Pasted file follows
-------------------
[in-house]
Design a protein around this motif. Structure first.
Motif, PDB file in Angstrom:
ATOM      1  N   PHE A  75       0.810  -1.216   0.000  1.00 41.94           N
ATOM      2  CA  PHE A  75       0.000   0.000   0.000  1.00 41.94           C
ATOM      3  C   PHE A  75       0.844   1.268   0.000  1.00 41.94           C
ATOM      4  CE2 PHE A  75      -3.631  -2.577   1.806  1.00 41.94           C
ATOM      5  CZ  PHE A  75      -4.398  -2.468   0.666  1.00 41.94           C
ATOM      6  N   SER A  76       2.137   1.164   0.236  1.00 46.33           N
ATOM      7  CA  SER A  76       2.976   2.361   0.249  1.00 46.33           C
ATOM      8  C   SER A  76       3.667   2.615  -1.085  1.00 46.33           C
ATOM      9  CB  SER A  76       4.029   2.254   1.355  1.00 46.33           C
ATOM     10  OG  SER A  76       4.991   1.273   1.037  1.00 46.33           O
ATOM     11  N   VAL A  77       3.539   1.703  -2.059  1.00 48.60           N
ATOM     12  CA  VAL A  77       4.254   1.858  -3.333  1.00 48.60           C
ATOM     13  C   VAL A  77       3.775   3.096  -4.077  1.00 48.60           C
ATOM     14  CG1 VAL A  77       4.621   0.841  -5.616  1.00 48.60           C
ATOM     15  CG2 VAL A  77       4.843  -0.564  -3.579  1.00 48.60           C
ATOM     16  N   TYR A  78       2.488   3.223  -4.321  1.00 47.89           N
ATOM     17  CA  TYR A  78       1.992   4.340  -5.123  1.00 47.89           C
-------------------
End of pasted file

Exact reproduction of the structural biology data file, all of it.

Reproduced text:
[in-house]
Design a protein around this motif. Structure first.
Motif, PDB file in Angstrom:
ATOM      1  N   PHE A  75       0.810  -1.216   0.000  1.00 41.94           N
ATOM      2  CA  PHE A  75       0.000   0.000   0.000  1.00 41.94           C
ATOM      3  C   PHE A  75       0.844   1.268   0.000  1.00 41.94           C
ATOM      4  CE2 PHE A  75      -3.631  -2.577   1.806  1.00 41.94           C
ATOM      5  CZ  PHE A  75      -4.398  -2.468   0.666  1.00 41.94           C
ATOM      6  N   SER A  76       2.137   1.164   0.236  1.00 46.33           N
ATOM      7  CA  SER A  76       2.976   2.361   0.249  1.00 46.33           C
ATOM      8  C   SER A  76       3.667   2.615  -1.085  1.00 46.33           C
ATOM      9  CB  SER A  76       4.029   2.254   1.355  1.00 46.33           C
ATOM     10  OG  SER A  76       4.991   1.273   1.037  1.00 46.33           O
ATOM     11  N   VAL A  77       3.539   1.703  -2.059  1.00 48.60           N
ATOM     12  CA  VAL A  77       4.254   1.858  -3.333  1.00 48.60           C
ATOM     13  C   VAL A  77       3.775   3.096  -4.077  1.00 48.60           C
ATOM     14  CG1 VAL A  77       4.621   0.841  -5.616  1.00 48.60           C
ATOM     15  CG2 VAL A  77       4.843  -0.564  -3.579  1.00 48.60           C
ATOM     16  N   TYR A  78       2.488   3.223  -4.321  1.00 47.89           N
ATOM     17  CA  TYR A  78       1.992   4.340  -5.123  1.00 47.89           C